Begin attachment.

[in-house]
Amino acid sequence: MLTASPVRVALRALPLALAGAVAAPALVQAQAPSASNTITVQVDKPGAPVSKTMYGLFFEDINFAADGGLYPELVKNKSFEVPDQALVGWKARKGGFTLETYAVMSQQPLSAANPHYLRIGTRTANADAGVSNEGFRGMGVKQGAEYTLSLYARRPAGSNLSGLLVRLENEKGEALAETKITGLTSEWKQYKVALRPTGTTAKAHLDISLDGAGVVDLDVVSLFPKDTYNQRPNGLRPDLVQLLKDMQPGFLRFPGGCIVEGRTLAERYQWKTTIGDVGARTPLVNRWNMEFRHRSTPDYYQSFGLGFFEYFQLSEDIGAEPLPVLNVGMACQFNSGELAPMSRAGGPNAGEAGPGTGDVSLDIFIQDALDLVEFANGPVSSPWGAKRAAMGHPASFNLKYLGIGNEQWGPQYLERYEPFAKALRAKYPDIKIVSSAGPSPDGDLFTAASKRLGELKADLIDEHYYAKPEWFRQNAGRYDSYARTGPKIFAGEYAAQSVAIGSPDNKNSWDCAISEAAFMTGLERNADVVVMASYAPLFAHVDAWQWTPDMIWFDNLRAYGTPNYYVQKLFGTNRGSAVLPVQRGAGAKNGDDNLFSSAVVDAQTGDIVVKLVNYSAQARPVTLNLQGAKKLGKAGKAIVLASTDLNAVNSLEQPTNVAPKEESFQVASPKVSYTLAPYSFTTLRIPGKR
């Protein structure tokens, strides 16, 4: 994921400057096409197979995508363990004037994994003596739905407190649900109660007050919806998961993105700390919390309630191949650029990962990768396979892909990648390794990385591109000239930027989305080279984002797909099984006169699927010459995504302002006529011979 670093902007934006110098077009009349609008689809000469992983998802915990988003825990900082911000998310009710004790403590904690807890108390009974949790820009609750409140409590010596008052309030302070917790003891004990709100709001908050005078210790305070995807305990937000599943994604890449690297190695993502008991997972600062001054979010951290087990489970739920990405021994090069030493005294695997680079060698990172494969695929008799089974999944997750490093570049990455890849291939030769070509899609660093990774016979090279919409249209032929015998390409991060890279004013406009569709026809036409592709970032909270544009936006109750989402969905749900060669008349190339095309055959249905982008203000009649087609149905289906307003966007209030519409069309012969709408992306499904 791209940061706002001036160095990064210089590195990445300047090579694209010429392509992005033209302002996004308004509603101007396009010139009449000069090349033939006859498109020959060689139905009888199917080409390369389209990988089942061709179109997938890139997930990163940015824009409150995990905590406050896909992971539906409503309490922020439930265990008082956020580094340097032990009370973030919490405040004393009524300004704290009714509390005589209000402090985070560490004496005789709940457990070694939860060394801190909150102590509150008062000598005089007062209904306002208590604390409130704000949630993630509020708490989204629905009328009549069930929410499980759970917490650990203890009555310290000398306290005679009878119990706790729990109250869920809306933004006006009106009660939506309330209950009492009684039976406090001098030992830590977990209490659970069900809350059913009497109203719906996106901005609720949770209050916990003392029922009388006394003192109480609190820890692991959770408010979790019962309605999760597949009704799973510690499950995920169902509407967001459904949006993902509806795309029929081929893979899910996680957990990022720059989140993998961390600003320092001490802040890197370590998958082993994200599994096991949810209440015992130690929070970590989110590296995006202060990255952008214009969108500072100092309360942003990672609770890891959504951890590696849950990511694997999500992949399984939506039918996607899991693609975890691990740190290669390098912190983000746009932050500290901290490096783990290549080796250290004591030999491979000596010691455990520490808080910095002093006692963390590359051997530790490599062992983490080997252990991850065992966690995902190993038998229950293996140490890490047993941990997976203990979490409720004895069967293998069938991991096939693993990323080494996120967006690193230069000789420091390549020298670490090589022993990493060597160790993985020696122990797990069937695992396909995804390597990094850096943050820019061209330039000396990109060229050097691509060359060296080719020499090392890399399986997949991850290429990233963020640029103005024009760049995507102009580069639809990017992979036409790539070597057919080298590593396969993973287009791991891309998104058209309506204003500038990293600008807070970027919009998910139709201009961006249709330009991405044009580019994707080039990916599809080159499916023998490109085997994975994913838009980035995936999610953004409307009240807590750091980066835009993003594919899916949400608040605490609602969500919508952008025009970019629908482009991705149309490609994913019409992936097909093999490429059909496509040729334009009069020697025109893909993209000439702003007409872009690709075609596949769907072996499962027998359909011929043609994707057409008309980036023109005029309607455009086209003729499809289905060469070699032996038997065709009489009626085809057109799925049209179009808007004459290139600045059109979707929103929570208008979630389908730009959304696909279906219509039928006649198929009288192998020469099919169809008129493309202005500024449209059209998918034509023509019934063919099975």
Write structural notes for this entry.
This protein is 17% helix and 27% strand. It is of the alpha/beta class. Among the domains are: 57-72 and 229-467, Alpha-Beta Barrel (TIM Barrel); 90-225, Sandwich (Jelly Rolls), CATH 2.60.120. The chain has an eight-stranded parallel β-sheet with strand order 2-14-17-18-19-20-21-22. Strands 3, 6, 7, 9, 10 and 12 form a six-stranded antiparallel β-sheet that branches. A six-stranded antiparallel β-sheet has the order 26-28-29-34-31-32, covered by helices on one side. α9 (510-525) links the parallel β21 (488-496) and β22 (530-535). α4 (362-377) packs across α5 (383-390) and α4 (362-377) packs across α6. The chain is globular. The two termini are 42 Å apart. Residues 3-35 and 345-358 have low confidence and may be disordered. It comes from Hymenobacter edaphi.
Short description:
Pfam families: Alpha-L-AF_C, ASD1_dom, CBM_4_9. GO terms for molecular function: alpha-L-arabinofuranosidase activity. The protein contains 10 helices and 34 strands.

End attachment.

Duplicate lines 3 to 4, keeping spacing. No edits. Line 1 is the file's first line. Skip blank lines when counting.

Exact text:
């Protein structure tokens, strides 16, 4: 994921400057096409197979995508363990004037994994003596739905407190649900109660007050919806998961993105700390919390309630191949650029990962990768396979892909990648390794990385591109000239930027989305080279984002797909099984006169699927010459995504302002006529011979 670093902007934006110098077009009349609008689809000469992983998802915990988003825990900082911000998310009710004790403590904690807890108390009974949790820009609750409140409590010596008052309030302070917790003891004990709100709001908050005078210790305070995807305990937000599943994604890449690297190695993502008991997972600062001054979010951290087990489970739920990405021994090069030493005294695997680079060698990172494969695929008799089974999944997750490093570049990455890849291939030769070509899609660093990774016979090279919409249209032929015998390409991060890279004013406009569709026809036409592709970032909270544009936006109750989402969905749900060669008349190339095309055959249905982008203000009649087609149905289906307003966007209030519409069309012969709408992306499904 791209940061706002001036160095990064210089590195990445300047090579694209010429392509992005033209302002996004308004509603101007396009010139009449000069090349033939006859498109020959060689139905009888199917080409390369389209990988089942061709179109997938890139997930990163940015824009409150995990905590406050896909992971539906409503309490922020439930265990008082956020580094340097032990009370973030919490405040004393009524300004704290009714509390005589209000402090985070560490004496005789709940457990070694939860060394801190909150102590509150008062000598005089007062209904306002208590604390409130704000949630993630509020708490989204629905009328009549069930929410499980759970917490650990203890009555310290000398306290005679009878119990706790729990109250869920809306933004006006009106009660939506309330209950009492009684039976406090001098030992830590977990209490659970069900809350059913009497109203719906996106901005609720949770209050916990003392029922009388006394003192109480609190820890692991959770408010979790019962309605999760597949009704799973510690499950995920169902509407967001459904949006993902509806795309029929081929893979899910996680957990990022720059989140993998961390600003320092001490802040890197370590998958082993994200599994096991949810209440015992130690929070970590989110590296995006202060990255952008214009969108500072100092309360942003990672609770890891959504951890590696849950990511694997999500992949399984939506039918996607899991693609975890691990740190290669390098912190983000746009932050500290901290490096783990290549080796250290004591030999491979000596010691455990520490808080910095002093006692963390590359051997530790490599062992983490080997252990991850065992966690995902190993038998229950293996140490890490047993941990997976203990979490409720004895069967293998069938991991096939693993990323080494996120967006690193230069000789420091390549020298670490090589022993990493060597160790993985020696122990797990069937695992396909995804390597990094850096943050820019061209330039000396990109060229050097691509060359060296080719020499090392890399399986997949991850290429990233963020640029103005024009760049995507102009580069639809990017992979036409790539070597057919080298590593396969993973287009791991891309998104058209309506204003500038990293600008807070970027919009998910139709201009961006249709330009991405044009580019994707080039990916599809080159499916023998490109085997994975994913838009980035995936999610953004409307009240807590750091980066835009993003594919899916949400608040605490609602969500919508952008025009970019629908482009991705149309490609994913019409992936097909093999490429059909496509040729334009009069020697025109893909993209000439702003007409872009690709075609596949769907072996499962027998359909011929043609994707057409008309980036023109005029309607455009086209003729499809289905060469070699032996038997065709009489009626085809057109799925049209179009808007004459290139600045059109979707929103929570208008979630389908730009959304696909279906219509039928006649198929009288192998020469099919169809008129493309202005500024449209059209998918034509023509019934063919099975």
Write structural notes for this entry.